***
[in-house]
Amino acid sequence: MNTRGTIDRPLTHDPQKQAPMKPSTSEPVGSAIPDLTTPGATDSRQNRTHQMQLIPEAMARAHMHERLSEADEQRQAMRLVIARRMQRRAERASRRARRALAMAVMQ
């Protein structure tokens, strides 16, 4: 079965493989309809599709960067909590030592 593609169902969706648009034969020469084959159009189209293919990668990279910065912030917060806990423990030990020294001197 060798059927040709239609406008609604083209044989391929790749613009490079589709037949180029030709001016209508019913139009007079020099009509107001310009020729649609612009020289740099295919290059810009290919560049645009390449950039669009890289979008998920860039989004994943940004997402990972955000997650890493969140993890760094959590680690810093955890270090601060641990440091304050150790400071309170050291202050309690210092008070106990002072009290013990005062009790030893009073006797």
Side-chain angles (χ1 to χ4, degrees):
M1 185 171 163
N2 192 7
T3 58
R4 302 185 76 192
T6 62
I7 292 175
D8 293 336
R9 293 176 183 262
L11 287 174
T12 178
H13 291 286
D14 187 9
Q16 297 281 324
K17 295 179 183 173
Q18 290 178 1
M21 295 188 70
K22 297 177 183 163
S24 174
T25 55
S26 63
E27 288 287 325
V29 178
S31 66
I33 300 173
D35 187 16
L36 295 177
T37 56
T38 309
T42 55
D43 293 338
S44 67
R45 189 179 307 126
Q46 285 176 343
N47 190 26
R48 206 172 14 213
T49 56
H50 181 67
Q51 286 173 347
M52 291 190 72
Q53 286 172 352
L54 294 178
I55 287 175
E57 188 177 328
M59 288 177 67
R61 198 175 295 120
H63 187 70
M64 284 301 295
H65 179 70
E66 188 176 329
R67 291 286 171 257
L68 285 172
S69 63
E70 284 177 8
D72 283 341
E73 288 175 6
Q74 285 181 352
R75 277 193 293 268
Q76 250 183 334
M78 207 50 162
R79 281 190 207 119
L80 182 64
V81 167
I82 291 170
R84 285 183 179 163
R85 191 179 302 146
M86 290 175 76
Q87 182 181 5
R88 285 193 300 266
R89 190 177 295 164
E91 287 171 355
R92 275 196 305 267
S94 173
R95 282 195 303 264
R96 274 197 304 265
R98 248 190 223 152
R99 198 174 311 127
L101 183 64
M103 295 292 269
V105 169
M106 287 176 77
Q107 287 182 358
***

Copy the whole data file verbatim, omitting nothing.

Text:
[in-house]
Amino acid sequence: MNTRGTIDRPLTHDPQKQAPMKPSTSEPVGSAIPDLTTPGATDSRQNRTHQMQLIPEAMARAHMHERLSEADEQRQAMRLVIARRMQRRAERASRRARRALAMAVMQ
């Protein structure tokens, strides 16, 4: 079965493989309809599709960067909590030592 593609169902969706648009034969020469084959159009189209293919990668990279910065912030917060806990423990030990020294001197 060798059927040709239609406008609604083209044989391929790749613009490079589709037949180029030709001016209508019913139009007079020099009509107001310009020729649609612009020289740099295919290059810009290919560049645009390449950039669009890289979008998920860039989004994943940004997402990972955000997650890493969140993890760094959590680690810093955890270090601060641990440091304050150790400071309170050291202050309690210092008070106990002072009290013990005062009790030893009073006797």
Side-chain angles (χ1 to χ4, degrees):
M1 185 171 163
N2 192 7
T3 58
R4 302 185 76 192
T6 62
I7 292 175
D8 293 336
R9 293 176 183 262
L11 287 174
T12 178
H13 291 286
D14 187 9
Q16 297 281 324
K17 295 179 183 173
Q18 290 178 1
M21 295 188 70
K22 297 177 183 163
S24 174
T25 55
S26 63
E27 288 287 325
V29 178
S31 66
I33 300 173
D35 187 16
L36 295 177
T37 56
T38 309
T42 55
D43 293 338
S44 67
R45 189 179 307 126
Q46 285 176 343
N47 190 26
R48 206 172 14 213
T49 56
H50 181 67
Q51 286 173 347
M52 291 190 72
Q53 286 172 352
L54 294 178
I55 287 175
E57 188 177 328
M59 288 177 67
R61 198 175 295 120
H63 187 70
M64 284 301 295
H65 179 70
E66 188 176 329
R67 291 286 171 257
L68 285 172
S69 63
E70 284 177 8
D72 283 341
E73 288 175 6
Q74 285 181 352
R75 277 193 293 268
Q76 250 183 334
M78 207 50 162
R79 281 190 207 119
L80 182 64
V81 167
I82 291 170
R84 285 183 179 163
R85 191 179 302 146
M86 290 175 76
Q87 182 181 5
R88 285 193 300 266
R89 190 177 295 164
E91 287 171 355
R92 275 196 305 267
S94 173
R95 282 195 303 264
R96 274 197 304 265
R98 248 190 223 152
R99 198 174 311 127
L101 183 64
M103 295 292 269
V105 169
M106 287 176 77
Q107 287 182 358